One writer shares her story—and the side effects of birth control that left her asking questions
I got my first prescription for birth control at age 22. For the seven years I was on the Pill, I loved it. It made my acne-prone skin clear, my periods regular, made me PMS-free, and I could skip a period whenever it coincided with a vacation or special occasion. And of course, it prevented pregnancy.
But then, at age 29, my husband and I decided to start a family. As a writer specializing in women’s health, I figured I had this thing down: Ditch the Pill, get busy before and during ovulation, and it would happen in no time. Except it didn’t. I took my last Pill in October 2013. And then I waited. There were no signs of ovulation—no temperature dip or spike, no ovulation predictor kit smiley face, no egg white cervical mucus, no mittelschmerz (cramping on the side where the ovary releases an egg). Still, we gave it our best shot.
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By day 28—the length of a typical menstrual cycle—when my period didn’t show, I thought for sure we were those lucky folks who got pregnant on their first try. One negative pregnancy test after another, however, confirmed this wasn’t the case. Finally, 41 days after my last Pill-induced cycle, I got my period. I was elated (we could try again this month!) and devastated (I wasn’t pregnant; and damn my cycle was long).
This series of events repeated again and again with cycles of varying 40-plus day lengths. By the end of January, I visited my gynecologist. That’s when she dropped this bomb on my baby-fevered heart: My long cycles meant I probably wasn’t ovulating and even if I was, the egg quality likely wasn’t good enough to be fertilized by the time it escaped my ovary. In short, we probably wouldn’t be able to get pregnant without treatment. I left her office with a prescription for progesterone to induce a cycle, a prescription for Clomid to induce ovulation, and a shattered dream. Less than four months into trying, we were already being treated for infertility.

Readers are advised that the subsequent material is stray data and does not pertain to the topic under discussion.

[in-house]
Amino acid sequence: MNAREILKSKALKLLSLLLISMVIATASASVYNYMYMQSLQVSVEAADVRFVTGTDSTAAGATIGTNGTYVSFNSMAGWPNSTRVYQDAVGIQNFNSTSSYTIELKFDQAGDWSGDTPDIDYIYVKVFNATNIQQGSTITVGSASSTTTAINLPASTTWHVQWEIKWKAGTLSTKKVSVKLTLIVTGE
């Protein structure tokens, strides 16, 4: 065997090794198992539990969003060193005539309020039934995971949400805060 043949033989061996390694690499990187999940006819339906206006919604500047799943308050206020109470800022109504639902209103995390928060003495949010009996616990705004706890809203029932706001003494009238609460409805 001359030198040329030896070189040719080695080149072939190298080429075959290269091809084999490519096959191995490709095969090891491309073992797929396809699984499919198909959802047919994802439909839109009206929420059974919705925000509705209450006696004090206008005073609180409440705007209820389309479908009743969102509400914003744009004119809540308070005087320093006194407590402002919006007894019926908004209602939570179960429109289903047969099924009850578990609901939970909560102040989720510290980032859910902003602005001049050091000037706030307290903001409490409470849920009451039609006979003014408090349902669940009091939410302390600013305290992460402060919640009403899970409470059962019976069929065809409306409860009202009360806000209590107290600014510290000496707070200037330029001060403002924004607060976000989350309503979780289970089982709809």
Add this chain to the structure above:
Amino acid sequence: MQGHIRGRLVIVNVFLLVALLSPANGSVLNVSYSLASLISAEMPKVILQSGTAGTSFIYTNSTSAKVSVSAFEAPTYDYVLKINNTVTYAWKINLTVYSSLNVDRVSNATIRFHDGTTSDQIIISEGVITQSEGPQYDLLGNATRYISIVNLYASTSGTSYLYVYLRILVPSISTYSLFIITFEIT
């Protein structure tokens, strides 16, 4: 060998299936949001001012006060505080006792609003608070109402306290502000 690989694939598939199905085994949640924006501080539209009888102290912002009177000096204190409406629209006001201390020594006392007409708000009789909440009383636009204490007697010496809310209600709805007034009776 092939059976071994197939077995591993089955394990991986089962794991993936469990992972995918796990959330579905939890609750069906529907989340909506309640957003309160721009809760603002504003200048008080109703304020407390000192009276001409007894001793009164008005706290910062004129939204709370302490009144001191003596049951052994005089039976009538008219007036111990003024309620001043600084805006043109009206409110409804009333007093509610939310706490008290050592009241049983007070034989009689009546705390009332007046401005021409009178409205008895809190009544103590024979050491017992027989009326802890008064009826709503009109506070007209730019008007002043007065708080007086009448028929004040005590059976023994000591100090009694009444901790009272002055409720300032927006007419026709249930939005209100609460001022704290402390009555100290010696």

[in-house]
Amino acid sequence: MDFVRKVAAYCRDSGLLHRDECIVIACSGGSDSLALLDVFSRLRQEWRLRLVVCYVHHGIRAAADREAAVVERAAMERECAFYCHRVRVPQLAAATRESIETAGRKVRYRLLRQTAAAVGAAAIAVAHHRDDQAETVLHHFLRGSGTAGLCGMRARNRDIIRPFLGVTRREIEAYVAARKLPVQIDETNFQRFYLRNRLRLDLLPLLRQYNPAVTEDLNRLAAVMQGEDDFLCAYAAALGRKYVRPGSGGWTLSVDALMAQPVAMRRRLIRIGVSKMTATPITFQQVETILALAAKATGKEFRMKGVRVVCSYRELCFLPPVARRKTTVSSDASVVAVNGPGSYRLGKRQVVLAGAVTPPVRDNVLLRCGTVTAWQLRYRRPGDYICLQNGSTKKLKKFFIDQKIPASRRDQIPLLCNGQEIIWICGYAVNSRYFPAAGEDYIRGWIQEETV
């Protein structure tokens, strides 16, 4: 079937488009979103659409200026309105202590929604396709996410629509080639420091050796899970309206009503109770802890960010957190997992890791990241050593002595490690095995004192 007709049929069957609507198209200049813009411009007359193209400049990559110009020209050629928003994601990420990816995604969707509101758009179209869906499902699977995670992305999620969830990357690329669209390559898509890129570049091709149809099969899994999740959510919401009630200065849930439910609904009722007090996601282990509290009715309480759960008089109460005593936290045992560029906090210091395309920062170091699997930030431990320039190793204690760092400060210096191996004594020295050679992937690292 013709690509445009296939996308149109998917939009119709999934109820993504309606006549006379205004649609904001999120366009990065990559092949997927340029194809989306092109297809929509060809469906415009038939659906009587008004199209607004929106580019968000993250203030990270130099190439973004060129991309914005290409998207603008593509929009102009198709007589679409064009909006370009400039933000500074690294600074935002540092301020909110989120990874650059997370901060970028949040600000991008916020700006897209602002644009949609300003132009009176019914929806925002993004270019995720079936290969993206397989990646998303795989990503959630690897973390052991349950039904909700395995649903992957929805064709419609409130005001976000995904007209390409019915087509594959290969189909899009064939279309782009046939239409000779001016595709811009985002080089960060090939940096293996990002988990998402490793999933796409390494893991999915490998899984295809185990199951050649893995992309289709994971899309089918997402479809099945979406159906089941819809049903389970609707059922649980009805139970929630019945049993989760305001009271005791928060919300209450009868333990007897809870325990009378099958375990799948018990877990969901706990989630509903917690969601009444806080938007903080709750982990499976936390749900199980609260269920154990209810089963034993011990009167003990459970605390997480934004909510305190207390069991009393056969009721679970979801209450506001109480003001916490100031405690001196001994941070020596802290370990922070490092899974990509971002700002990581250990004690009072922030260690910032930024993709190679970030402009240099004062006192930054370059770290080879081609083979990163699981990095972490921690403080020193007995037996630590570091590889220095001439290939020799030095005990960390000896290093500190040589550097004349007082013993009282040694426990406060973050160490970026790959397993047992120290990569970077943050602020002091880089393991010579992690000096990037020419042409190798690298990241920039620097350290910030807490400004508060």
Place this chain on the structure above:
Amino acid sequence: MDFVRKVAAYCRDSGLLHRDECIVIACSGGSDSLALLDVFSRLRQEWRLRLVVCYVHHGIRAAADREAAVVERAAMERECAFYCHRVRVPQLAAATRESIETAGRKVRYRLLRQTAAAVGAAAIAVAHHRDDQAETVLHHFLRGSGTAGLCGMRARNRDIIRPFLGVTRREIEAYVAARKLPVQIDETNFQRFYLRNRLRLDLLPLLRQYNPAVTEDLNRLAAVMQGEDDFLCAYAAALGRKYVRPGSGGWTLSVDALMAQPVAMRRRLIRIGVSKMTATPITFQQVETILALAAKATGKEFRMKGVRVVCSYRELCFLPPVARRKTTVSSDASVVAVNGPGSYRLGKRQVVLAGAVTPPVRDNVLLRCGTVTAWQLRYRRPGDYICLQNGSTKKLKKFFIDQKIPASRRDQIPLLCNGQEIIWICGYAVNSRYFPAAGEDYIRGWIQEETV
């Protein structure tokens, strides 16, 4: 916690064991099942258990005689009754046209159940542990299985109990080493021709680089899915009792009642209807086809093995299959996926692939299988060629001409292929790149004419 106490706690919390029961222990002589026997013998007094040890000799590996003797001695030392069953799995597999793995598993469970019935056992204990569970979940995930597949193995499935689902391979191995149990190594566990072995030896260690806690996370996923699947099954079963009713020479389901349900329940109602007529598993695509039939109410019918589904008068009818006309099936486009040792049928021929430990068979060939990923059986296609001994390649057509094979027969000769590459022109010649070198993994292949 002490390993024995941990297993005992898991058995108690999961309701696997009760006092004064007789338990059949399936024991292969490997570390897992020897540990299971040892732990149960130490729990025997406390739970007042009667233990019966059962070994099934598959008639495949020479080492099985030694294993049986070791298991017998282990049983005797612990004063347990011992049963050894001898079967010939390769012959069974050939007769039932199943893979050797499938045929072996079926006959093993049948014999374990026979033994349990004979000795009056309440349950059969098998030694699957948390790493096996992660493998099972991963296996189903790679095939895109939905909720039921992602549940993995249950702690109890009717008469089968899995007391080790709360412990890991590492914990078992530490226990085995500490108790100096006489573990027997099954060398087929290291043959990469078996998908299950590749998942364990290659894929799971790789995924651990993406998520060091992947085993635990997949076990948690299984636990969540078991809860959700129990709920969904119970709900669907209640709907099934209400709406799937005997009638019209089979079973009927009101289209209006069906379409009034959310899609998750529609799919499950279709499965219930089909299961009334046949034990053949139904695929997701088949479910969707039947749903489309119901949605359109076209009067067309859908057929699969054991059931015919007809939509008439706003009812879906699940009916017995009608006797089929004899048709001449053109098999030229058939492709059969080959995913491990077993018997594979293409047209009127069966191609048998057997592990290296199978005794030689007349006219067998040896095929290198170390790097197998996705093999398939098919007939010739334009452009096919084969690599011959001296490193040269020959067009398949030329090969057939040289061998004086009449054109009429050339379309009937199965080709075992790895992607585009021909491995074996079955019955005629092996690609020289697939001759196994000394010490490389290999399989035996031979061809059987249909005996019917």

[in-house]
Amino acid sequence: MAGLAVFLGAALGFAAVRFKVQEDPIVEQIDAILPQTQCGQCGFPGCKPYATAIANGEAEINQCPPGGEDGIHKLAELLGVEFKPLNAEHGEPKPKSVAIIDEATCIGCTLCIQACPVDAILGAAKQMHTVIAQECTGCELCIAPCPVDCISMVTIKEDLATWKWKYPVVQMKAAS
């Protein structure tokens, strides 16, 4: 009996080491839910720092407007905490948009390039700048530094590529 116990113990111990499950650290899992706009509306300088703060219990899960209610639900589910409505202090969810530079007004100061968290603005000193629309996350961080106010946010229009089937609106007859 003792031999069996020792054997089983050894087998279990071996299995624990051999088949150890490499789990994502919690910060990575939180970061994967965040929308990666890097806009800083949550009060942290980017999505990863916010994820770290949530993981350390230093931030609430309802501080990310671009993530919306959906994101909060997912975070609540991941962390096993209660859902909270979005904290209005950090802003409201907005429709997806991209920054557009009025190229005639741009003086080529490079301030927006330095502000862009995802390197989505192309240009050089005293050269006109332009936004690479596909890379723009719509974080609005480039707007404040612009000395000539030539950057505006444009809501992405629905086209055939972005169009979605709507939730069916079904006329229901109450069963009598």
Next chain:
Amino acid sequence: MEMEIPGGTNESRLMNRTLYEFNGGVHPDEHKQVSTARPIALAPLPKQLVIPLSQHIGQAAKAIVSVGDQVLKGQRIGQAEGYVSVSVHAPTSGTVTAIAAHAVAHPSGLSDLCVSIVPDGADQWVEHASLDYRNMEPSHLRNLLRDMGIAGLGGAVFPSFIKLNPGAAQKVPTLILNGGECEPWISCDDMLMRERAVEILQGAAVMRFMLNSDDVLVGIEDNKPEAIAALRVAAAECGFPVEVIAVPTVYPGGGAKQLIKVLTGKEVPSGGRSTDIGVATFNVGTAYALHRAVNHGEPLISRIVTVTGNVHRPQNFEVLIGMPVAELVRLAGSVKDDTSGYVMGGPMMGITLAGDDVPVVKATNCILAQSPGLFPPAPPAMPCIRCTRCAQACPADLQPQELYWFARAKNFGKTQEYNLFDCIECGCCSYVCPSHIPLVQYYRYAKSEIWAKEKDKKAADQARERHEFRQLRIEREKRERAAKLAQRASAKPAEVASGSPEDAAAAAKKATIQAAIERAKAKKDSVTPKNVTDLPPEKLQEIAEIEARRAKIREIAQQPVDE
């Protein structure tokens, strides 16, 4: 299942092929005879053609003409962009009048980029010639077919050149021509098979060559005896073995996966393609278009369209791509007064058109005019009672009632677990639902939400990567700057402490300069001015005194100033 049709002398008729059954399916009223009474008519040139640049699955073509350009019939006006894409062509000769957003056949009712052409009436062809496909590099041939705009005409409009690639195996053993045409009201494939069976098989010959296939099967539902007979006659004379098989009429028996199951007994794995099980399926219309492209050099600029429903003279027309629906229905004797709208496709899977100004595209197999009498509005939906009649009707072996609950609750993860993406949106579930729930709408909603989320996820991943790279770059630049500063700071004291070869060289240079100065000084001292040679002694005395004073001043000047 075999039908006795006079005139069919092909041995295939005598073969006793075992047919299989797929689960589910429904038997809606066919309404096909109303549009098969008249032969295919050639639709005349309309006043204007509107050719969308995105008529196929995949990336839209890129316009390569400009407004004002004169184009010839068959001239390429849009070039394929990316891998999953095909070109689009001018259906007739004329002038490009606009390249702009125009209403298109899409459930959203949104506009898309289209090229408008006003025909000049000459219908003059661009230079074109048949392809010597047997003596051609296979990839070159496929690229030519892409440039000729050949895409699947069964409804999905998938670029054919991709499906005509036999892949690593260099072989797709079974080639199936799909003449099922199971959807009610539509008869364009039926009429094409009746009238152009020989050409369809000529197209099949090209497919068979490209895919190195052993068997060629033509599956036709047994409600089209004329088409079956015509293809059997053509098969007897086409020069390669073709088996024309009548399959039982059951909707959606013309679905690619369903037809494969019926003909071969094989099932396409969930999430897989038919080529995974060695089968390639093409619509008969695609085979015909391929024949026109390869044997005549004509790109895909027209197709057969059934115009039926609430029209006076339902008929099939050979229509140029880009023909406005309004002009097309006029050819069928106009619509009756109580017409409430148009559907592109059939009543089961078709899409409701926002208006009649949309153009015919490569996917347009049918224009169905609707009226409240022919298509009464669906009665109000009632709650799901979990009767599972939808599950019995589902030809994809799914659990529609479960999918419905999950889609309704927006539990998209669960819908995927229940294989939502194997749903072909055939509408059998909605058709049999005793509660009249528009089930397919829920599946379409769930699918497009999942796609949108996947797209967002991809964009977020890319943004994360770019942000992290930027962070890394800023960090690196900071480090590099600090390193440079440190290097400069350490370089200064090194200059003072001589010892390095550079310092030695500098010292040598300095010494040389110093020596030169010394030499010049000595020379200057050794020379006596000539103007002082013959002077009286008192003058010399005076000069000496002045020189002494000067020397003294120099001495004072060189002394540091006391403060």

For the next three months, every time I swallowed one of those pills, this thought ate away at me: "If I had never taken the Pill or if I had stopped taking it long before trying to become pregnant, I would have had more information about my cycles. I’d know what was normal for me." Instead, each month was a guessing game. The unknown was only unknown because I’d taken the Pill. For seven years, the Pill hijacked my hormones and shut down ovulation so I was completely disconnected from how my body actually worked.
As a health writer, I couldn’t help but consult Dr. Google, often huddled over my iPhone late at night when I couldn’t sleep. I wanted to know whether my long cycles were my “normal” or the result of going off the Pill. Although research seems to confirm that even long-term oral contraceptive use doesn’t harm fertility, quite a few studies suggest that in the short-term, it may be more difficult to become pregnant. One study found that 12 months after stopping a barrier method (like condoms) 54 percent of women gave birth compared to just 32 percent of women who’d stopped taking the Pill. And, women who’d used oral contraceptives for two or more years before trying to become pregnant took an average of nearly nine months to conceive compared to three months, on average, for women who’d used condoms, researchers in the U.K. found.
Fortunately, our story has a happy ending. Or, as I like to say, a happy beginning. I’m 18 weeks pregnant and due in March. After three unsuccessful months of Clomid with timed intercourse and one month of Follistim and Ovidrel injections in my belly and a back-to-back failed IUI (artificial insemination), we took the spring and summer off from treatments. This June, somewhere between Geneva and Milan while on vacation, I got pregnant. It was during another super-long cycle. But, miraculously, I ovulated and our little baby was made.
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Although he or she isn’t even here yet, I already know how differently we’ll go about the baby-making process the next time around. Most importantly, I will never ever take the Pill—or any kind of hormonal contraception—again. I still don’t know why my cycles were so long (doctors ruled out conditions like PCOS), but whether it was due to the Pill or not, I want to know how my body works on its own so I can be better prepared. And those months of treatments? While they were a mere taste compared to what many people with infertility endure, they were physically and emotionally draining and devastatingly expensive. Worse, I’m pretty sure they were unnecessary.
For the seven years that I took the Pill, I loved that it gave me control over my body. I now realize for seven years, I allowed the chemicals in the Pill to control my body. Five months from now when I’m holding our little miracle in my arms, our life will change—including countless trips to Target we’ll take. There, I’ll stock up on diapers, wipes, burp cloths, and, from now on, condoms.